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Oversight Committee Requests Bipartisan Briefing on Decision to Classify Information About U.S. Spending in Afghanistan

Feb 9, 2015
Press Release

Oversight Committee Requests Bipartisan Briefing on

Decision to Classify Information About U.S. Spending in Afghanistan

 

Washington, DC (Feb. 9, 2015)—Today, four leading Members of the House Committee on Oversight and Government Reform sent a letter to Defense Secretary Chuck Hagel requesting information about a recent decision by the NATO-led Resolute Support Mission and the Department of Defense to classify previously unclassified information relating to U.S. spending in Afghanistan.  Although this decision has been partially rescinded since, it remains unclear which new categories of information will now be classified.

“The safety and security of U.S. and NATO forces in Afghanistan are paramount,” the Members wrote.  “However, inappropriately classifying information severely restricts the ability of Congress to conduct meaningful oversight and impairs the ability of the American people to know how billions of their taxpayer dollars are being spent in Afghanistan.”

The letter was signed by Oversight Committee Chairman Jason Chaffetz, Ranking Member Elijah E. Cummings, Subcommittee on National Security Chairman Ron DeSantis, and Ranking Member Stephen F. Lynch.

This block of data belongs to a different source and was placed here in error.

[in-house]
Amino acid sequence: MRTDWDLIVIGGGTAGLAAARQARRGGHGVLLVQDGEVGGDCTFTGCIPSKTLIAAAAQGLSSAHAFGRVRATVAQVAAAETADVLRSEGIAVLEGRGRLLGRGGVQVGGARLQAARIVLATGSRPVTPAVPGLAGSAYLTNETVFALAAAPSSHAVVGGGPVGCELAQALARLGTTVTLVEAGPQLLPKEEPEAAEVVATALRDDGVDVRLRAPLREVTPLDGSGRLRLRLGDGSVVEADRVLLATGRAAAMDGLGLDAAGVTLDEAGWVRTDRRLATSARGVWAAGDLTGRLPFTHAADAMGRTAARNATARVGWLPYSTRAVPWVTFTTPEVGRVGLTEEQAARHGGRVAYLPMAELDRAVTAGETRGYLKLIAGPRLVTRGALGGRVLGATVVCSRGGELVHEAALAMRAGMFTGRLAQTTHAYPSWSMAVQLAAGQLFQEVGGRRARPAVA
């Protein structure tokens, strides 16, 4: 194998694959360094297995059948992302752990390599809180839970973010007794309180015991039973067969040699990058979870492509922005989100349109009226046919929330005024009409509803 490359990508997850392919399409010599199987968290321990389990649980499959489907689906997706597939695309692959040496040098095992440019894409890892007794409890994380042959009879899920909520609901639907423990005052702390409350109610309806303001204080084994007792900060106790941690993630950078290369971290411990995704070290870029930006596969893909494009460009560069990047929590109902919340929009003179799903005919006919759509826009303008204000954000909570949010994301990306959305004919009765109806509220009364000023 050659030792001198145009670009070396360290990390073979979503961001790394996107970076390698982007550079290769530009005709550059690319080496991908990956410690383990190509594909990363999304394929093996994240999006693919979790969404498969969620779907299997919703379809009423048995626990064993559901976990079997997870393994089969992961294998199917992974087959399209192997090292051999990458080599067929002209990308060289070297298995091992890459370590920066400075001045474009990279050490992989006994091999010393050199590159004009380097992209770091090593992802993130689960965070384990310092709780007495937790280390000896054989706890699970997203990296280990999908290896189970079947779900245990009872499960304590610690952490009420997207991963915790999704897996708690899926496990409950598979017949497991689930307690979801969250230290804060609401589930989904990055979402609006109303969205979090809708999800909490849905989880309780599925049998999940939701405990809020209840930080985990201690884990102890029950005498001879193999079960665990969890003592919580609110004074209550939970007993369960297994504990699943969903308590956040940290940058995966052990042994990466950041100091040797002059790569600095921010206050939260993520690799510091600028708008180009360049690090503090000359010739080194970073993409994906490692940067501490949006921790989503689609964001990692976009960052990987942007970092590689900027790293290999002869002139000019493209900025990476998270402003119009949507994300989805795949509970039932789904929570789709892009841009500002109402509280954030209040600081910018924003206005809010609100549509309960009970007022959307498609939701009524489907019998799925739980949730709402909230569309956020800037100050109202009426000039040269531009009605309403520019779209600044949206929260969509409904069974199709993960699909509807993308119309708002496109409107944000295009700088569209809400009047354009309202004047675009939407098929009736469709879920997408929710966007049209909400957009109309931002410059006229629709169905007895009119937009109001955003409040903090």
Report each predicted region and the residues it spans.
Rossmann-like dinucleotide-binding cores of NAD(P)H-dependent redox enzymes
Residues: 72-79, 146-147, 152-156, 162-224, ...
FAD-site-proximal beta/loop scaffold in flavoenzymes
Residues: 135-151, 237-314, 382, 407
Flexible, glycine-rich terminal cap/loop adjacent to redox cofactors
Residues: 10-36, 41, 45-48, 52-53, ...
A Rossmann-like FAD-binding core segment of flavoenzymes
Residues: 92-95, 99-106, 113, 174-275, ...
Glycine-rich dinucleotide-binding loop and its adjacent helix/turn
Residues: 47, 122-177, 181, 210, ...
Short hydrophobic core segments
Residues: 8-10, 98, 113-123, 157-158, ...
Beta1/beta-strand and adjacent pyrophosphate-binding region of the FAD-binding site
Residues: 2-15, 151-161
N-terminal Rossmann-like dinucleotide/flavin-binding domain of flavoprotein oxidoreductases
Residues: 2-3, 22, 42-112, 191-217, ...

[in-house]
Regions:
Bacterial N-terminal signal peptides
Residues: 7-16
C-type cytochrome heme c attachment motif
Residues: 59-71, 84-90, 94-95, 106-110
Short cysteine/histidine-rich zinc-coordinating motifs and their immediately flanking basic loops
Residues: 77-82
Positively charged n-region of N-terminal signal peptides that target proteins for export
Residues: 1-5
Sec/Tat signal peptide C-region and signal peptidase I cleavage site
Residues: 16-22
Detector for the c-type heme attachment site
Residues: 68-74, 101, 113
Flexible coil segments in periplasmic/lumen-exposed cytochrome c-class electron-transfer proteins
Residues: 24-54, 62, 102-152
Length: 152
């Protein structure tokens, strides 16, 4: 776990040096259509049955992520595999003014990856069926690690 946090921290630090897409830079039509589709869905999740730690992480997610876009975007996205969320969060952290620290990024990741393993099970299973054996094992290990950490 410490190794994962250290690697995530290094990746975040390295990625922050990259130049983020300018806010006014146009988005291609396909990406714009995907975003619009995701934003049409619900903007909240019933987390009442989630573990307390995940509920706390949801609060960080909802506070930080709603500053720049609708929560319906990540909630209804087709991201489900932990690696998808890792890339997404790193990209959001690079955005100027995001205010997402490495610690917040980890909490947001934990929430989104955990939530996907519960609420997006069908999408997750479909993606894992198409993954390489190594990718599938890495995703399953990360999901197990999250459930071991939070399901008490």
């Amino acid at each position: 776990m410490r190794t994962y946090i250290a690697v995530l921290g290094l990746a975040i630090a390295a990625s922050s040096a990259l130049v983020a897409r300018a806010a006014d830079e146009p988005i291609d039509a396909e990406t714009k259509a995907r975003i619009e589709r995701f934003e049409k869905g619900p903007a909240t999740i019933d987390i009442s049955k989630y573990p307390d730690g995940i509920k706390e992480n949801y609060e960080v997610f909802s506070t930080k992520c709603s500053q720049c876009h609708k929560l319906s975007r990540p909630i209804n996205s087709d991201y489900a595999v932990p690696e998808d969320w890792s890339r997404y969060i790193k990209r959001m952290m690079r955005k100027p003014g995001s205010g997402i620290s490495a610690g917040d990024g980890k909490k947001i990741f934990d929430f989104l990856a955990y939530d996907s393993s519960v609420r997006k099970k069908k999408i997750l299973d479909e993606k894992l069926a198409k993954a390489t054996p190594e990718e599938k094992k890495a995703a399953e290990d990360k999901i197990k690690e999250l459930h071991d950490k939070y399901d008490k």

The Special Inspector General for Afghanistan Reconstruction (SIGAR) previously used this information in its role of evaluating waste, fraud, and abuse in U.S. programs in Afghanistan.  

SIGAR reported to Congress last month that classifying this volume of data would be “unprecedented” and “leaves SIGAR for the first time in six years unable to publicly report on most of the U.S.-taxpayer-funded efforts to build, train, equip, and sustain the [Afghan National Security Forces].”

The Members requested a briefing and an inventory of the specific items that will now be classified as a result of this decision.

Click here and see below for the letter.

 

February 9, 2015

The Honorable Chuck Hagel

Secretary

U.S. Department of Defense

1400 Defense Pentagon

Washington, D.C. 20301-1400

 

Dear Mr. Secretary:

            We are writing to request information and a briefing on a recent decision (apparently partially rescinded since) by NATO and the U.S. Department of Defense to classify previously unclassified information relating to U.S. spending in Afghanistan.  The information at issue has long been unclassified, and was previously made public in quarterly reports by the Special Inspector General for Afghanistan Reconstruction (SIGAR).

On January 4, 2015, SIGAR was notified of the NATO-led Resolute Support Mission’s plan to begin classifying information SIGAR used previously in its role of evaluating waste, fraud and abuse in U.S. programs in Afghanistan.  In its most recent quarterly report to Congress on January 30, 2015, SIGAR wrote:

The classification of this volume of data for SIGAR’s quarterly report is unprecedented.  The decision leaves SIGAR for the first time in six years unable to publicly report on most of the U.S.-taxpayer-funded efforts to build, train, equip, and sustain the [Afghan National Security Forces].[1]